#2. The Ten Commandments Built a City and Then Buried It
In the early days of cinema when the industry was lawless, the name Cecil B. DeMille was synonymous with a complete disregard for budgets, deadlines and human safety. Yet despite the train wrecks his projects should have been, he somehow managed to crank out overblown blockbusters that were critically hated but publicly adored. He was the Michael Bay of the early 1900s, the king of crowd-pleasing spectacle.
In the next scene, the cows start fixing cars in their bras and panties.
So, when he was shooting the original The Ten Commandments film in 1923, DeMille was not likely to cut corners on any of the effects. He was determined to have everything as authentic as possible, stating, "We don't fake anything in pictures; we've got to have the real thing." Unfortunately for DeMille, the story was inconveniently set in ancient Egypt, making authenticity a little tricky. Logically, the next best thing was to rebuild ancient Egypt in California.
The set was the largest ever built. It included four 35-foot-tall, 20-ton pharaoh statues, 21 sphinxes and 300 chariots. The entire thing took an army of 1,000 workers more than a month to build.
How long did it take those slackers in Egypt to build theirs?
The production was so massive that the studio threatened to pull the plug on the whole film if he didn't tone it down, but DeMille presumably stared them in the eye while ordering 5,000 animals and more than 2,500 extras to top it all off. Then everything was shipped piece by piece by train from Hollywood 150 miles north to the Guadalupe sand dunes in California.
Now, building a life-size replica of ancient Egypt is one thing, but what to do with it when you've finished filming? Already over budget, DeMille didn't fancy paying to have it taken back to Hollywood, where other filmmakers might actually have some use for it again. He also knew he couldn't just leave it all standing there in the desert. So, he did what anyone would do: He hired a load of bulldozers and spent a day pushing sand over it. Remarkably, he did it all in complete secret, too. Most locals assumed the props had been taken with the crew, so they never bothered hunting for the remains.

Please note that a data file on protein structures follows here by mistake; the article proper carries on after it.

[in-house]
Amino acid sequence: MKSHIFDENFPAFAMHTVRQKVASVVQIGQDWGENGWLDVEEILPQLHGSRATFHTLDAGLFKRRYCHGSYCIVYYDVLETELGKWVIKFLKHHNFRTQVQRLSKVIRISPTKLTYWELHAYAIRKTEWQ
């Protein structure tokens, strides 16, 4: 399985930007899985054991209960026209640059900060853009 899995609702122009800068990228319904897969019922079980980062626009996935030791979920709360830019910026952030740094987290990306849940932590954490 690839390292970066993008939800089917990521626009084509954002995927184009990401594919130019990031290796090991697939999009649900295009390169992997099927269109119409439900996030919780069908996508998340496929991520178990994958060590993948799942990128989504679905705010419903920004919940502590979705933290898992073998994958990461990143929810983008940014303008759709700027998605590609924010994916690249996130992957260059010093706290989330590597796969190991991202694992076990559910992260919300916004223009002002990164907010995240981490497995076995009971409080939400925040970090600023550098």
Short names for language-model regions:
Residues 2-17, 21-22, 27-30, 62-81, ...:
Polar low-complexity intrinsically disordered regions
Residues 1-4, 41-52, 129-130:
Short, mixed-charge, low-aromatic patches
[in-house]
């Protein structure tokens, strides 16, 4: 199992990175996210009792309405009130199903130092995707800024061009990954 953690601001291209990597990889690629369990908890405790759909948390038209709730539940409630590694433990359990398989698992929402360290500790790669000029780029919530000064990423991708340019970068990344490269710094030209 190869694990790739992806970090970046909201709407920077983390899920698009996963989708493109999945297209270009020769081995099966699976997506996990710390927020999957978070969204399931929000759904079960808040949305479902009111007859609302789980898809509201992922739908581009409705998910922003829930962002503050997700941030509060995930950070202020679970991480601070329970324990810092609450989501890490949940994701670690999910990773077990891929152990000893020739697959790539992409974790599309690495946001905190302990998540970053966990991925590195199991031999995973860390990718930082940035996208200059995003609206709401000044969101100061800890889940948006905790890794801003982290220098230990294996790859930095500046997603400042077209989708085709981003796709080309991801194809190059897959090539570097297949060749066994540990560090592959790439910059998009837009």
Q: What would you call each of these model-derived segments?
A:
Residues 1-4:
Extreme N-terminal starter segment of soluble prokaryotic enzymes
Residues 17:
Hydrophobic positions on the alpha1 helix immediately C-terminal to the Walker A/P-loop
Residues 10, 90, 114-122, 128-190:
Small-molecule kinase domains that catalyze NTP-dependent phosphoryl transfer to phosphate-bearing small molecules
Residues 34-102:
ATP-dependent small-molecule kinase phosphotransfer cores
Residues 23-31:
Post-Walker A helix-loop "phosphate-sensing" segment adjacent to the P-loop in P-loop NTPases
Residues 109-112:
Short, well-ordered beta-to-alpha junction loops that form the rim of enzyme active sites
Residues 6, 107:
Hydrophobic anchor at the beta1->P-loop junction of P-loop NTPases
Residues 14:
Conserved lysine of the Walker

And just so no one would talk, he buried the crew, too.
The Lost City of DeMille stayed buried for over 60 years before a young film buff named Peter Brosnan happened to be reading the director's autobiography, where DeMille mentioned that one of the most lavish film sets ever constructed was lying under some Californian sand. In 1983, Brosnan and his friends discovered the set and found that much of it was still completely intact, albeit a bit sandy. They have since attempted to raise money to preserve the site, but so far people seem content to let it stayed buried until it's rediscovered thousands of years from now and confuses the hell out of those silver-suited archaeologists.
"By Jove, this could be the Lost Tomb of the Kardashians!"
#1. Ben-Hur and Charge of the Light Brigade Slaughtered Horses